Monday, April 26, 2010
Battle of Shiloh - Shiloh, Tennessee
As bloody as the fighting was at places like Manassas and Pea Ridge during the first year of the Civil War, a battle that developed along the Tennessee River during the final days before the first anniversary of the bombardment of Fort Sumter stunned the nation with horror that surpassed anything ever seen on the North American continent.
It was called the Battle of Shiloh, the name taken from a small log church on the battleground, and by the time the guns went silent, nearly 25,000 men had been killed, wounded or were missing. As the stunning news spread North and South from Tennessee, it was difficult for many to believe. Until, that is, the casualty lists began to appear in the newspapers. The lists of names went on and on and on.
Shiloh came just one month after the bloody battle at Pea Ridge in Northwest Arkansas and the news was just as bad for the Confederacy. Moving north from Corinth, Mississippi, the Confederate army of General Albert Sidney Johnston struck the Union army of General Ulysses S. Grant. The Federals were camped around Shiloh Church and Pittsburg Landing and Johnston knew that their nearest reinforcements were at least a day away.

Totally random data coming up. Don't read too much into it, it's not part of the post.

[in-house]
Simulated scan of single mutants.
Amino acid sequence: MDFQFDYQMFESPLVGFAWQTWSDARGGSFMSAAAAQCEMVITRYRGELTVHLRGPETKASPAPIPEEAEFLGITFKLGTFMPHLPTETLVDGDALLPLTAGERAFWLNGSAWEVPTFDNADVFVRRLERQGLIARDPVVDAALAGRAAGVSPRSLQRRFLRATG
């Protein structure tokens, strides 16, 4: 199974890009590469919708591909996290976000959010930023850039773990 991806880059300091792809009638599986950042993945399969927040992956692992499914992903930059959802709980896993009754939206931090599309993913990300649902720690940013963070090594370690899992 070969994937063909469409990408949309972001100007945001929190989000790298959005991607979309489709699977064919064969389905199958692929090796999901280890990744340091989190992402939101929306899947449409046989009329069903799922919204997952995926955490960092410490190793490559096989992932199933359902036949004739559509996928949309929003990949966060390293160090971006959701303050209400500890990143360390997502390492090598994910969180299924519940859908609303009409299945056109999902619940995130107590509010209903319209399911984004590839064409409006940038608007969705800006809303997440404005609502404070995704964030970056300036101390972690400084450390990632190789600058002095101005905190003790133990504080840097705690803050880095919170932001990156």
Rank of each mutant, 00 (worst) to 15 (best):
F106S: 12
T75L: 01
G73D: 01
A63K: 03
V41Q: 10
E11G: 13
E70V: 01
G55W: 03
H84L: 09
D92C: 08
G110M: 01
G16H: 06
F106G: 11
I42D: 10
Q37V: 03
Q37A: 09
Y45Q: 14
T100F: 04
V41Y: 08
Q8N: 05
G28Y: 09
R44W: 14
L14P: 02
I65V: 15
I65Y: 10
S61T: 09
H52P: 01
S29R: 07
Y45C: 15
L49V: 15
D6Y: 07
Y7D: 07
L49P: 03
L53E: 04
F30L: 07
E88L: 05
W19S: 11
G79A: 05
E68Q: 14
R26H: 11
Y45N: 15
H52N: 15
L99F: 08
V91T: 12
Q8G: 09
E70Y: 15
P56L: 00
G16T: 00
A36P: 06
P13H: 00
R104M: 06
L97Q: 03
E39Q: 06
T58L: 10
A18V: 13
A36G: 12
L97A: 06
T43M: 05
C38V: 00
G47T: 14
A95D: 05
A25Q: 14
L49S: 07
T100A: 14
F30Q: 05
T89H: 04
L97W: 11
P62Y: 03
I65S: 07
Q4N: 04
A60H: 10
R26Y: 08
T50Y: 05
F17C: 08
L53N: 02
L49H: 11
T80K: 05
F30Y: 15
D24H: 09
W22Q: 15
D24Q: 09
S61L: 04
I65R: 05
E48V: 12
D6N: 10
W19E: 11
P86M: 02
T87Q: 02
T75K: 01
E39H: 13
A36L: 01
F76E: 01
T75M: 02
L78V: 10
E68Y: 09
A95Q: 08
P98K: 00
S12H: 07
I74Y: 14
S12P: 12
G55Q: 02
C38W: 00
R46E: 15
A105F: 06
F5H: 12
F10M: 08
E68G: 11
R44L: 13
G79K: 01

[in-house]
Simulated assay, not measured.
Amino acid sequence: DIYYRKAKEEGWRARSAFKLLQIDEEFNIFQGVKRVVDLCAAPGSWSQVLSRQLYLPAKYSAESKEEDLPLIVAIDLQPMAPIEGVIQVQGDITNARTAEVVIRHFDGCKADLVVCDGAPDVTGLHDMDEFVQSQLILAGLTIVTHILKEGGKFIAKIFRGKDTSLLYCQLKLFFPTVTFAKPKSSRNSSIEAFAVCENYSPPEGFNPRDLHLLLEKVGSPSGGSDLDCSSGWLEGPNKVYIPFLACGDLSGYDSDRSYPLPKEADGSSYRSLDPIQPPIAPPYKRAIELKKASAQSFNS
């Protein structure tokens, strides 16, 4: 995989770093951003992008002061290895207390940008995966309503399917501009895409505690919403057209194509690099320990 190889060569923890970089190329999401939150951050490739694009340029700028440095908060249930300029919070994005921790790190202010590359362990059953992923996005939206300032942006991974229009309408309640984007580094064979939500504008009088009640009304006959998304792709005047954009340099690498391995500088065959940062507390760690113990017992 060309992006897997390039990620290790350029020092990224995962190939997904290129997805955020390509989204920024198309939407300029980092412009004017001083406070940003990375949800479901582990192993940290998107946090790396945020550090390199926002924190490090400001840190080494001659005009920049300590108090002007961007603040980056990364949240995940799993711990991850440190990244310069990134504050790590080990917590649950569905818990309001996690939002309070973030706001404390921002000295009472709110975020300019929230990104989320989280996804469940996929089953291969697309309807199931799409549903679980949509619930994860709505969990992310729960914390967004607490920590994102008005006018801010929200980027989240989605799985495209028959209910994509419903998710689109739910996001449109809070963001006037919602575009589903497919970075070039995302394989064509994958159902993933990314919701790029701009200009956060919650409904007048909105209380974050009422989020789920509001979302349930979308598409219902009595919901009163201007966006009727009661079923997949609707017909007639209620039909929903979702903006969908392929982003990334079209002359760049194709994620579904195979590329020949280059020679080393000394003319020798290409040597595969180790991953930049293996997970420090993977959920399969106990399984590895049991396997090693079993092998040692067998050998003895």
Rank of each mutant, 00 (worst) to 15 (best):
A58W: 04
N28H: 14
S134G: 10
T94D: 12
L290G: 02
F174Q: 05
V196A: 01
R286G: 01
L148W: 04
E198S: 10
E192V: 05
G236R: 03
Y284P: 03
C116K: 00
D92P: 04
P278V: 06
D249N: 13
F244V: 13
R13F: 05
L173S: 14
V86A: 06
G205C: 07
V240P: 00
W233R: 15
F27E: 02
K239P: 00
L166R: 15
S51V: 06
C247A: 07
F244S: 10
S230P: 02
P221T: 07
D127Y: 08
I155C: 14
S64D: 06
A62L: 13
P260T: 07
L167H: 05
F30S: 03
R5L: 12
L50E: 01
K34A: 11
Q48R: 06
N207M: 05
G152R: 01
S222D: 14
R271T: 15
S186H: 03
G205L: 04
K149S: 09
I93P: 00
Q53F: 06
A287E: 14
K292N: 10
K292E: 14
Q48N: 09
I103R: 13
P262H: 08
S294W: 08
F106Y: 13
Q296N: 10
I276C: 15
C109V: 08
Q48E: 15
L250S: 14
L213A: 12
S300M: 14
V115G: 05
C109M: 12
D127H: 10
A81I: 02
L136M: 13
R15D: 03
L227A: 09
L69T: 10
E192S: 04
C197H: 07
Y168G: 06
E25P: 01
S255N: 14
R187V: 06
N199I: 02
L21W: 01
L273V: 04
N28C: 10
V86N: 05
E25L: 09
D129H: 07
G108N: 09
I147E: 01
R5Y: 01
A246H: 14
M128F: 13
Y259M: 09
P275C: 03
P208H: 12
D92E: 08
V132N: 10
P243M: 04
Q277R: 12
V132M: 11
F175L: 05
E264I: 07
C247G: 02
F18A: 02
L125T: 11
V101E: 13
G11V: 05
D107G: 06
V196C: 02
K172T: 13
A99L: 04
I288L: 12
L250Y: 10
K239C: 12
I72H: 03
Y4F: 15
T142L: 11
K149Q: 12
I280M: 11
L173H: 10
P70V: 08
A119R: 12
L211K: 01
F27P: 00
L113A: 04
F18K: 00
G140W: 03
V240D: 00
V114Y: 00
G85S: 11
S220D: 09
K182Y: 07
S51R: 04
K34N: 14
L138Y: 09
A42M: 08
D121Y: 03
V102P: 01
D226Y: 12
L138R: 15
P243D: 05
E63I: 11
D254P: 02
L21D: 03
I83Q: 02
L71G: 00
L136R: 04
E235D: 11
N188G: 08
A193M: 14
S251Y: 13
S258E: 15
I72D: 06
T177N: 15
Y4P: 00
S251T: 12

In the end, the butcher's bill was more than 23,476 in dead, wounded and missing. Nothing like it had been seen before, but more was to come. To learn more about the Battle of Shiloh and see photos of Shiloh National Military Park, please visit www.exploresouthernhistory.com/shiloh1.